Throughout the documentary, Lee’s confidence and comfort speaking English grew to the point that his expressive movement and intense glare matched his oration. Even as a child actor, Lee is completely in control, and through his inner journey, experience, self-discipline, and keen observational skills, he turns that magnetism into a cultural force that still resonates, as detailed by the array of people who detail his influence throughout Be Water. It’s also of note that Lee went against convention early in his career by mentoring Americans—many of which whom were African American—a practice that was frowned upon at the time by his community. The convergence of cultures was paramount in his development and understanding of US culture. Even though Lee was born in San Francisco, California, the majority of his youth was spent in Hong Kong before returning to the US at age 18.

Back to style.

Skateboarding is rife with “style” clichés, to the point that they’re so beaten into us via captions and hashtags that they’re meaningless. To Lee’s point, they do become prohibitive, in the sense that styles can separate us—bowl slashers over here, blasting Slayer, ledge tech and cargos over there, acoustic introspective flowy person and their art show back there, and All American Rail Chompers® doing their thing in HD.

Style becomes so definitive to us that when someone transcends it, it’s as if the “legend” tag is instantly applied because it’s so uncommon. Whether it’s John Cardiel or Ishod Wair or Mark Gonzales or Oski Rozenberg, you can argue that their “style” is defined by having no style other than using what you want and discarding what you don’t.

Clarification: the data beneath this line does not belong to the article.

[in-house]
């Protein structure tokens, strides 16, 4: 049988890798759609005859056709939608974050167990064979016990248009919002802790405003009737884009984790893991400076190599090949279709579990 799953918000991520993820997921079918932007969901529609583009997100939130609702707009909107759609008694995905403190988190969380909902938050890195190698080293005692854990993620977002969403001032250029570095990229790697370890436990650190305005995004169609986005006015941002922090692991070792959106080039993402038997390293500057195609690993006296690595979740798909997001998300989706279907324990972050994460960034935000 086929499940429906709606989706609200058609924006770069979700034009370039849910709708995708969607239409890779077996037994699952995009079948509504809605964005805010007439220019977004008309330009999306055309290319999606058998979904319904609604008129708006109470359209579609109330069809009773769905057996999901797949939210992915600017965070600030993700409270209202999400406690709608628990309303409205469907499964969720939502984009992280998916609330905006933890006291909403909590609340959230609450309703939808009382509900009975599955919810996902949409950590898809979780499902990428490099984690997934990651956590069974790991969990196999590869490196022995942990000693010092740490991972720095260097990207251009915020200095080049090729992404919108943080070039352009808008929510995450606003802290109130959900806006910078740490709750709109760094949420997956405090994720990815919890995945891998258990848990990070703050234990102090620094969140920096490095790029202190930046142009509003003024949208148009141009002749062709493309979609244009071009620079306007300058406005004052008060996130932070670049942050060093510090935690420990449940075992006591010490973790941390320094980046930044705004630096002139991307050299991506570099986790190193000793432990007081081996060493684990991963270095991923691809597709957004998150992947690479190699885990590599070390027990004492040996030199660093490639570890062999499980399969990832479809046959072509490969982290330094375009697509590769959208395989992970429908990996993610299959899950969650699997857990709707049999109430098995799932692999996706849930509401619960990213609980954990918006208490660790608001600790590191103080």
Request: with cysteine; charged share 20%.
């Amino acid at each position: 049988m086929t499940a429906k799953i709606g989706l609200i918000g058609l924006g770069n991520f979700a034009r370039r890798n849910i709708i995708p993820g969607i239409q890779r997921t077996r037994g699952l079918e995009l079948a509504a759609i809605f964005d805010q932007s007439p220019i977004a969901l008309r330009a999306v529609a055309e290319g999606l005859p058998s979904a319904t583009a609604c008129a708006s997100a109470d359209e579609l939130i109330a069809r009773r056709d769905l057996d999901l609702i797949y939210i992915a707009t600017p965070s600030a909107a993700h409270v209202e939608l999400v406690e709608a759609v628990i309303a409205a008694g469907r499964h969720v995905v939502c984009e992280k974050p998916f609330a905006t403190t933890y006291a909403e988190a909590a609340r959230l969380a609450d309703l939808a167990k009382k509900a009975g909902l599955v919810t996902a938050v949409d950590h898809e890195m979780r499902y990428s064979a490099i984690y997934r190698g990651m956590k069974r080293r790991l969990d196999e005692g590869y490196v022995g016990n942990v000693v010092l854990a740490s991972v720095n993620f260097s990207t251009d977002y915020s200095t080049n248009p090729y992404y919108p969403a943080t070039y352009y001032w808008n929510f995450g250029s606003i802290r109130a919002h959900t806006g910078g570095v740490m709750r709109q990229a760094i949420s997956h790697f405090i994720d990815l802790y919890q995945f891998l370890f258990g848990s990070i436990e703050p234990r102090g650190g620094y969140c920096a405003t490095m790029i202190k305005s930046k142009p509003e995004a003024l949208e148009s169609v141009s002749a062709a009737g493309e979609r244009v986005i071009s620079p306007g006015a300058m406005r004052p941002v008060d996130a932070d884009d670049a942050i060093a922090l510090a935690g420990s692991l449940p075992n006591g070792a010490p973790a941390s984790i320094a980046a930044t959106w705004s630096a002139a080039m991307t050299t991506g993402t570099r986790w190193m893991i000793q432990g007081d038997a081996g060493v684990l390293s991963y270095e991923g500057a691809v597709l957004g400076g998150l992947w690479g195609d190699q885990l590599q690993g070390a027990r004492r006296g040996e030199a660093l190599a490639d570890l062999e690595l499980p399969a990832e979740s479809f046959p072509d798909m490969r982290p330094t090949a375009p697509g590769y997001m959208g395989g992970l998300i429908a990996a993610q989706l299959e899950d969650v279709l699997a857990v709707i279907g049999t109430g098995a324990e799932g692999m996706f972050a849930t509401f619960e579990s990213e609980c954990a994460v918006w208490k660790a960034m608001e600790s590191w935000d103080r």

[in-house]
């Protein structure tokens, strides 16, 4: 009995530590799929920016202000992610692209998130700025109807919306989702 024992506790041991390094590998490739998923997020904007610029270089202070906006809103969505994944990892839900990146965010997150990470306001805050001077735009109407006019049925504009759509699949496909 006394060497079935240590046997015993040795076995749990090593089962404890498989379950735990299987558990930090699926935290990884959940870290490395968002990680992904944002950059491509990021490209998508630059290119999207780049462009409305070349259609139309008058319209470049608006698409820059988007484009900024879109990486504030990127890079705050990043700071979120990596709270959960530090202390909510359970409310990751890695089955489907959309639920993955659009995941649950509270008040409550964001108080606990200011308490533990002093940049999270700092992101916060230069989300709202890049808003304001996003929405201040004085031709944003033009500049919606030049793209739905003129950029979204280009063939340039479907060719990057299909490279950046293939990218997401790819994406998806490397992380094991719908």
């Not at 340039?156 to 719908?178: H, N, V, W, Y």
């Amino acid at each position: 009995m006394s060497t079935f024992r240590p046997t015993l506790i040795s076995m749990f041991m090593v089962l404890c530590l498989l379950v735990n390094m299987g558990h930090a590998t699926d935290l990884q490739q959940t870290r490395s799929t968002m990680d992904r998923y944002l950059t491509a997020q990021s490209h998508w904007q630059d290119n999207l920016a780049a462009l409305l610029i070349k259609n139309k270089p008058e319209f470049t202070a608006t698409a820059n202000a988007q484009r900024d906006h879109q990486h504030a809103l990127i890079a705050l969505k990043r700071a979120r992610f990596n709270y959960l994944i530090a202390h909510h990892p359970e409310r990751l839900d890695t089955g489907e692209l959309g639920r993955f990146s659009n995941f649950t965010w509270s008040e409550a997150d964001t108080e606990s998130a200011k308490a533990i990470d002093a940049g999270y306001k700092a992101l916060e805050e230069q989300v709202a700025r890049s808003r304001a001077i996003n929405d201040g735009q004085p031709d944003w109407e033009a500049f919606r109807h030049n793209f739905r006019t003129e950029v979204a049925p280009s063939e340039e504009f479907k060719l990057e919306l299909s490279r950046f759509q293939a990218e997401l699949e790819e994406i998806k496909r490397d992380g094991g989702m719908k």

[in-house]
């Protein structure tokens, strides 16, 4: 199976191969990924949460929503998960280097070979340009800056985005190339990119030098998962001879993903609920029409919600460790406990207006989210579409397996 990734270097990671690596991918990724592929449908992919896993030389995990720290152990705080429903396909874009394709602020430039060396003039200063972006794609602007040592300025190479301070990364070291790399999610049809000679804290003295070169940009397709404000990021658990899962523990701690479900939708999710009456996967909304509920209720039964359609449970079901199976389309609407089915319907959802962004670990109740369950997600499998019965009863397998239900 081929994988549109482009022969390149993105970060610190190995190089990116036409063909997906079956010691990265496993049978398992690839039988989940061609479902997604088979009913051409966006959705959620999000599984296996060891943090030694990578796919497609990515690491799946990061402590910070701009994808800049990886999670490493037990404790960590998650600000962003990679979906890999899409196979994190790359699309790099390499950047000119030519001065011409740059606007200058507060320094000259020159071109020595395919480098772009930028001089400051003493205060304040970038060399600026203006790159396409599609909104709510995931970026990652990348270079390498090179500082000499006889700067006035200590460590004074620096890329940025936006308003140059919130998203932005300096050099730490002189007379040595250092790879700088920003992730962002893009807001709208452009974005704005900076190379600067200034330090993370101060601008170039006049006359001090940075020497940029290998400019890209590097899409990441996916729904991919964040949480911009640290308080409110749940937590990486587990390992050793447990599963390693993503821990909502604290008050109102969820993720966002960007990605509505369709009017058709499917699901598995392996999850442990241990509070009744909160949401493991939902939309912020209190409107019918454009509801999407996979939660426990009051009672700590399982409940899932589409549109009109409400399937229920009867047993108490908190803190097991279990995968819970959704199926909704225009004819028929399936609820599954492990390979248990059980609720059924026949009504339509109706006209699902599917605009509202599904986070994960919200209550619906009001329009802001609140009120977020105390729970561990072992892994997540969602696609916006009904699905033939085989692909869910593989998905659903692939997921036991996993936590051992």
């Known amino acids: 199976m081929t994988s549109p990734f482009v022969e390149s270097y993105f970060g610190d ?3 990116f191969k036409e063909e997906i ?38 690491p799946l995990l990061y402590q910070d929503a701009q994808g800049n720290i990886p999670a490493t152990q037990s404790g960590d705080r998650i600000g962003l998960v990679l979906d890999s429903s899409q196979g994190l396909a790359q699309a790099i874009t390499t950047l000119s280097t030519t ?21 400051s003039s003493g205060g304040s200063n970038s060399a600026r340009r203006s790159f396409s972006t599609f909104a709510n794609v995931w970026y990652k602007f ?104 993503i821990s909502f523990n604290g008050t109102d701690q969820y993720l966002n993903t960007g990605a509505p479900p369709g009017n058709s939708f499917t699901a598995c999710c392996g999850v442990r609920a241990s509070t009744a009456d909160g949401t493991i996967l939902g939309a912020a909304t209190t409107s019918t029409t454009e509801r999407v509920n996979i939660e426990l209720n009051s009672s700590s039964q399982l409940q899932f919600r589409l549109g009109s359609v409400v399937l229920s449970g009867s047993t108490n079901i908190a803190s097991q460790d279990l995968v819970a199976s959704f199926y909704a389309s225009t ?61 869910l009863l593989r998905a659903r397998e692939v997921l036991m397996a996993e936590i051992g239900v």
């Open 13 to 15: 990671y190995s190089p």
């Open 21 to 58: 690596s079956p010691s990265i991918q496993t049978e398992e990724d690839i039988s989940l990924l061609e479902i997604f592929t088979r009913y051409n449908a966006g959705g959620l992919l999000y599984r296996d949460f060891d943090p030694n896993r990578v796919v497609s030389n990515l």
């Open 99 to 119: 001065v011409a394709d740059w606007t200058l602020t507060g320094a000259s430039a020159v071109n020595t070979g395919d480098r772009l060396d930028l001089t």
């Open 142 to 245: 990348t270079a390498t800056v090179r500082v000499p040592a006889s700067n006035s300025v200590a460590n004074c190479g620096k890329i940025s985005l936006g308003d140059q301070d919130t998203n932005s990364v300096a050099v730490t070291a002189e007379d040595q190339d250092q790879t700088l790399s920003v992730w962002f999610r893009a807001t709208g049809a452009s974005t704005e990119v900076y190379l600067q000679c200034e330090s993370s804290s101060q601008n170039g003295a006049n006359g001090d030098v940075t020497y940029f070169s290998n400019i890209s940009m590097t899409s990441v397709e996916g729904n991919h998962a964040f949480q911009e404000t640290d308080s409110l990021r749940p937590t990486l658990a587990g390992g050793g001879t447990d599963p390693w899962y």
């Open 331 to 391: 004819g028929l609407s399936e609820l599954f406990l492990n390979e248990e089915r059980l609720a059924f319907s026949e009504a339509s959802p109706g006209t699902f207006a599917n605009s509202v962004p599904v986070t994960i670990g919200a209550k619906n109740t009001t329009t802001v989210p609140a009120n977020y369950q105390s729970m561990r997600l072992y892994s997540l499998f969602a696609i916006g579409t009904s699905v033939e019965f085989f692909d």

That’s flow. That’s personality. That’s originality and the very awareness and pursuit of having no style is akin to the constant “water” metaphor Lee references throughout the 30 for 30. Water can gracefully fill a glass and violently destroy the rockiest shore. During one segment of Be Water, Lee’s affinity for Mohammed Ali is detailed. Lee wasn’t studying Ali in order to mimic him but rather to look at how he could leverage Ali’s technique to enhance his discipline, with an eye for what would translate well for his body type. That part is particularly interesting through the lens of skateboarding when you think about Brian Lotti talking about how Chris Miller’s vert skating influenced his curb and ledge skating or that Brian Anderson loved watching Ben Schroeder, simply because he was a big person, like himself.

And it’s larger than adding new flavors and flair to your technique and approach in a literal sense.

Style is crystallization that is difficult to change.

Be Water alludes to a greater metaphor. Had Bruce Lee sought a single path to reach his goal of making action movies his way, they may have never happened. Instead, he culled learnings and experience, saw unique opportunities, and kept his guiding principals and persona, while always remaining liquid.

So while you can take Lee’s lesson on style to mean that your approach to a curb or a concrete wall is all about expression and putting yourself into each moment accordingly, perhaps the larger thought is to simply avoid being stagnant and crystalized—avoid being sedentary in both your physical and mental activity.

Change is happening at warp speed and fluidity is a powerful tool. We have to utilize all our senses and resources to adapt and advance as a culture not in skateboarding, as an entire society.

Before you say “I’d do that or say that but it’s not my style” or more specifically “I’m not political—I don’t do protests or speak out like on social media… ” understand that may be a better look to have no style at all.